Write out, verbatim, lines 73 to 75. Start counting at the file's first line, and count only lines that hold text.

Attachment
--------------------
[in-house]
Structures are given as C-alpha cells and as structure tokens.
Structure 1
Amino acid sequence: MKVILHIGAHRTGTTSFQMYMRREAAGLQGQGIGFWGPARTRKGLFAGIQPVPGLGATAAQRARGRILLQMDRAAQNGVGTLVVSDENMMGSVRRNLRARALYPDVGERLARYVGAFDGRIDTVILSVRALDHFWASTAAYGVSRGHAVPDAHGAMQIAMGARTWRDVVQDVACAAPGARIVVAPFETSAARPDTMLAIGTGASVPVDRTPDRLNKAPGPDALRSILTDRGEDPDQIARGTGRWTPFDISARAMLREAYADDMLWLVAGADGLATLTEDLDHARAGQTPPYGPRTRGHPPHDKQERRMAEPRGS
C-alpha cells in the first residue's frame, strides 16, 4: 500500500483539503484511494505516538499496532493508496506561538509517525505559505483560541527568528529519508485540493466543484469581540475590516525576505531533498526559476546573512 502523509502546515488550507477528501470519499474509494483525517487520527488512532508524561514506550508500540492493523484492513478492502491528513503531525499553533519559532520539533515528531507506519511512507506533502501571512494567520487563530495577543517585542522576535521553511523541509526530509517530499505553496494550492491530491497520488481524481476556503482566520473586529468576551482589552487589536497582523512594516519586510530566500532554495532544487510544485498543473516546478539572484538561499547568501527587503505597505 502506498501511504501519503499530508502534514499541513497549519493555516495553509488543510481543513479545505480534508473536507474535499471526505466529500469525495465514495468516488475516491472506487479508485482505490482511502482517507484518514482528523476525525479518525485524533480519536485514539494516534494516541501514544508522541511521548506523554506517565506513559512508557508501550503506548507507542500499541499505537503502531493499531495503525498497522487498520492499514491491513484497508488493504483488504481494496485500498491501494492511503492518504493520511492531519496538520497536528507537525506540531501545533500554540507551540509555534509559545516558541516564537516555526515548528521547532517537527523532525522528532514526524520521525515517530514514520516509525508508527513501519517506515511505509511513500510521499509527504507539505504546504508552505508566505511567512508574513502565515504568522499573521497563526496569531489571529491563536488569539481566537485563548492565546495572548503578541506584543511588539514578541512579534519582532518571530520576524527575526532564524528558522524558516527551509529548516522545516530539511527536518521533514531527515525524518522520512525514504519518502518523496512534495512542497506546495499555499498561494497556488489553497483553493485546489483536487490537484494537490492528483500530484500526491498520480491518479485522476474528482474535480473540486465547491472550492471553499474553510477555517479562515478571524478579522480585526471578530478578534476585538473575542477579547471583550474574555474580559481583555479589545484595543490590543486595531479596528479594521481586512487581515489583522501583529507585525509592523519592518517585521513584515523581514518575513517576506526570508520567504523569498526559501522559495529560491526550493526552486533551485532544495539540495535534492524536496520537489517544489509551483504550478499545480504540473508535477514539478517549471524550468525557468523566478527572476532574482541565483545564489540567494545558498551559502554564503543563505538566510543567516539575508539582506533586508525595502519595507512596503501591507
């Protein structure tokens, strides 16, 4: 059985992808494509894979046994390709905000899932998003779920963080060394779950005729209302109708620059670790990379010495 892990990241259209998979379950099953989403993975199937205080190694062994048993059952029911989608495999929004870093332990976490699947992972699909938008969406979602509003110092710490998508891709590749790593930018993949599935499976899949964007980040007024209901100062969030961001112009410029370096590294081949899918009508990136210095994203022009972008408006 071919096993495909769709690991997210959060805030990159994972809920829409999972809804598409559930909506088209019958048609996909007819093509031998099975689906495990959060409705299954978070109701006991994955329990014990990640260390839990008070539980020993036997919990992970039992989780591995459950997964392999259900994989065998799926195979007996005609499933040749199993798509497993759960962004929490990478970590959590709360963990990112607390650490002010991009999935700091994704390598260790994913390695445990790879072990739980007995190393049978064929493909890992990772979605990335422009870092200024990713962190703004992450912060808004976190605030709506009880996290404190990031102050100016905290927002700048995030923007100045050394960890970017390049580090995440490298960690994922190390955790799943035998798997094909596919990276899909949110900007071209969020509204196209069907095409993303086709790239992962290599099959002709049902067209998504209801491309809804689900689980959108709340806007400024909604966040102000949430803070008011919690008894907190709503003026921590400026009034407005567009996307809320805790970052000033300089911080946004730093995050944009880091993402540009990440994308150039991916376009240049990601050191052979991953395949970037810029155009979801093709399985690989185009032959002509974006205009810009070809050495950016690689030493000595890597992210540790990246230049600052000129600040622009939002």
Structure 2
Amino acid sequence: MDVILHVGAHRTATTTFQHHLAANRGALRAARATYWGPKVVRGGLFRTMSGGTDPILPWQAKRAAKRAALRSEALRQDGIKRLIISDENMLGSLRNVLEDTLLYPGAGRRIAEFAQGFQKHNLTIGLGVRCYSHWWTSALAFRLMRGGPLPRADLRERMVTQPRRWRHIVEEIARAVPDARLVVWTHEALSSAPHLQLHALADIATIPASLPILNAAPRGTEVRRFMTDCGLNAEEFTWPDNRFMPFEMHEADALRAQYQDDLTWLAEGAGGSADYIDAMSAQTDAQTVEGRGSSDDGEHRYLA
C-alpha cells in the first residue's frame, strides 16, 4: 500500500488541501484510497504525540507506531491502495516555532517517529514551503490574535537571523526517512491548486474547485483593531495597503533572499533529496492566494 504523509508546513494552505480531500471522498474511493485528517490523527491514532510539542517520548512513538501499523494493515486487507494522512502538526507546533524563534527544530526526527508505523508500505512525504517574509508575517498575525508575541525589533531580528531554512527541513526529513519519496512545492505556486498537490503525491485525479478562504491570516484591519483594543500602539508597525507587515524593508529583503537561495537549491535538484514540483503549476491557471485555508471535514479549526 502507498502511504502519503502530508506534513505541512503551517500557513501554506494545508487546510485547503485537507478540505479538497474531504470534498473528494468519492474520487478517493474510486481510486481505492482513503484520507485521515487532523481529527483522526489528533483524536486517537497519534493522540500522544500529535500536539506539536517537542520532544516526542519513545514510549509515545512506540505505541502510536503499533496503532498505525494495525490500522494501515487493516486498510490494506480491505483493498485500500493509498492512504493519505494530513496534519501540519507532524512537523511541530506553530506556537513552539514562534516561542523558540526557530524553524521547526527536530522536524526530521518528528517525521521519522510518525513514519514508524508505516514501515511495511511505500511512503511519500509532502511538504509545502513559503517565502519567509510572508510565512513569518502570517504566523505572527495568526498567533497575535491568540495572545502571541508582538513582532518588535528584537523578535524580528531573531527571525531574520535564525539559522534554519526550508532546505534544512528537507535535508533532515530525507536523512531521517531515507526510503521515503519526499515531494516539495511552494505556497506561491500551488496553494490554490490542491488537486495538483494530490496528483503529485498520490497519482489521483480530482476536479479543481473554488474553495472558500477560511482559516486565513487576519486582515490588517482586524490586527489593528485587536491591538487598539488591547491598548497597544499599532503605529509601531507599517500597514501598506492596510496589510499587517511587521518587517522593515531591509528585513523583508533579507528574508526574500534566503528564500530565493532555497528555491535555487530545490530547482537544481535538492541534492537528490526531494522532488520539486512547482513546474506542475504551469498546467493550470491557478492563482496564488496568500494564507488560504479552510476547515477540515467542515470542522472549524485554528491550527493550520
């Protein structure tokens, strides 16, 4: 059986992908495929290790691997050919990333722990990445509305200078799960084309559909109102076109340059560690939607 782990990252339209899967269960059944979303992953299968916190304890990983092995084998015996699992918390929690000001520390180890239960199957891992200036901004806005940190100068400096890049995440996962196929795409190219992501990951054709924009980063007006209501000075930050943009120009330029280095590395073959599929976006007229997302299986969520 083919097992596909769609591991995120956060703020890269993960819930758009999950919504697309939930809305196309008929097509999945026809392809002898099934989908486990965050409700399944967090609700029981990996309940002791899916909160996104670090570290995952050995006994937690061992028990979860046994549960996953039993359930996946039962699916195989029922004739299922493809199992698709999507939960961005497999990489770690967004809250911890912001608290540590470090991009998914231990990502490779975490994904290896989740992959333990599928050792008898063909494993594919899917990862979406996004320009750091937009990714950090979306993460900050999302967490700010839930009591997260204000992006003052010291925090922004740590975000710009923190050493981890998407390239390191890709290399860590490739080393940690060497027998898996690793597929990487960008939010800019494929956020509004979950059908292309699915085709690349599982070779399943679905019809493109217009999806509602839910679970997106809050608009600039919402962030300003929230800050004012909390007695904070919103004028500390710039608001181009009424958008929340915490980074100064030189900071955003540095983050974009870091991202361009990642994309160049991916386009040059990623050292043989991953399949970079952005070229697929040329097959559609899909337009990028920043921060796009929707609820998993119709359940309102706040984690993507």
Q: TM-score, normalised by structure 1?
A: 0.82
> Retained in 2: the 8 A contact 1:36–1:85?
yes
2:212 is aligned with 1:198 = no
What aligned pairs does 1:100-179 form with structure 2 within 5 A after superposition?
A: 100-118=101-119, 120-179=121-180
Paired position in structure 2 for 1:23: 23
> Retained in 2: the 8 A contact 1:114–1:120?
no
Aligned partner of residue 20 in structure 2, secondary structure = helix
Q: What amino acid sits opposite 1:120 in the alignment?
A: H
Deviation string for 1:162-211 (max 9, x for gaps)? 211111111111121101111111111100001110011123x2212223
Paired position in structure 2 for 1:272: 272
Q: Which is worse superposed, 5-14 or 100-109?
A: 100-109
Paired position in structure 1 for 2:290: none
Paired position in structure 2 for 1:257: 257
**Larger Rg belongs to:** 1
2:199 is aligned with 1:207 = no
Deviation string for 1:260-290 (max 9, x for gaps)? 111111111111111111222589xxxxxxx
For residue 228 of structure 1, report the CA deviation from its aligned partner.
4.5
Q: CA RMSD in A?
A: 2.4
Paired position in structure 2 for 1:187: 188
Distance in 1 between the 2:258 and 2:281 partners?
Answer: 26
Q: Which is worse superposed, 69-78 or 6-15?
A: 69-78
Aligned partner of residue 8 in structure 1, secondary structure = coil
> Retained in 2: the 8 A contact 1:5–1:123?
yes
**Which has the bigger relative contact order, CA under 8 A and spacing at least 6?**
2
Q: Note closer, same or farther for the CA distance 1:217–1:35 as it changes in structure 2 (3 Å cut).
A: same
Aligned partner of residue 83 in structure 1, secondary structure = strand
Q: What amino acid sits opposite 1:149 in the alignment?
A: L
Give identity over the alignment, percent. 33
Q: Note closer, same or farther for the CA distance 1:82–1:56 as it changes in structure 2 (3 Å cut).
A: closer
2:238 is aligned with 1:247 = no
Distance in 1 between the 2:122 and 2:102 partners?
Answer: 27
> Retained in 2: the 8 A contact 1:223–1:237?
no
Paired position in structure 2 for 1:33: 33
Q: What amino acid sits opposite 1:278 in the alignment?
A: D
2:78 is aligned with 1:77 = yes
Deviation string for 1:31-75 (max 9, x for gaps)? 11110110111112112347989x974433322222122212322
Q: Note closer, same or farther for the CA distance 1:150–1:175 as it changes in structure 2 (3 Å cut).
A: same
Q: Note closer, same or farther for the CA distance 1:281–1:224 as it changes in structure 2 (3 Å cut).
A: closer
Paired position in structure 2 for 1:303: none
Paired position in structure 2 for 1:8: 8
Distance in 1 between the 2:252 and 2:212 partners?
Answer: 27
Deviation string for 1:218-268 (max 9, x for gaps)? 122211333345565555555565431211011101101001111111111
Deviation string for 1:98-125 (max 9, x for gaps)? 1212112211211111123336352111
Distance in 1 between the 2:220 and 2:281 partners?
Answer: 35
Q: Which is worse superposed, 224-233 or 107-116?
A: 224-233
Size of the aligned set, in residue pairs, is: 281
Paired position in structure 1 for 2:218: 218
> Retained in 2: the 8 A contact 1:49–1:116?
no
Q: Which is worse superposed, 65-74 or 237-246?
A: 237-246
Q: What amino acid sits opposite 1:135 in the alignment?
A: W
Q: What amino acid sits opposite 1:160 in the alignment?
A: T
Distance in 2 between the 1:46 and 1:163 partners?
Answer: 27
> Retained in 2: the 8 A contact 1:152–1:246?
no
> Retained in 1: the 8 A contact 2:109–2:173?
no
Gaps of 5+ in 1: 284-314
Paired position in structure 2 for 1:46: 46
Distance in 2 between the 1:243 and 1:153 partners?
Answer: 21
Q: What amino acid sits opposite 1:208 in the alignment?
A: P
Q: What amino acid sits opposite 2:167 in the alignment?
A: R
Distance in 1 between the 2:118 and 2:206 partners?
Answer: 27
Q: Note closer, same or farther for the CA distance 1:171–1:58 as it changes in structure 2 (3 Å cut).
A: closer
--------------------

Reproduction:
Deviation string for 1:218-268 (max 9, x for gaps)? 122211333345565555555565431211011101101001111111111
Deviation string for 1:98-125 (max 9, x for gaps)? 1212112211211111123336352111
Distance in 1 between the 2:220 and 2:281 partners?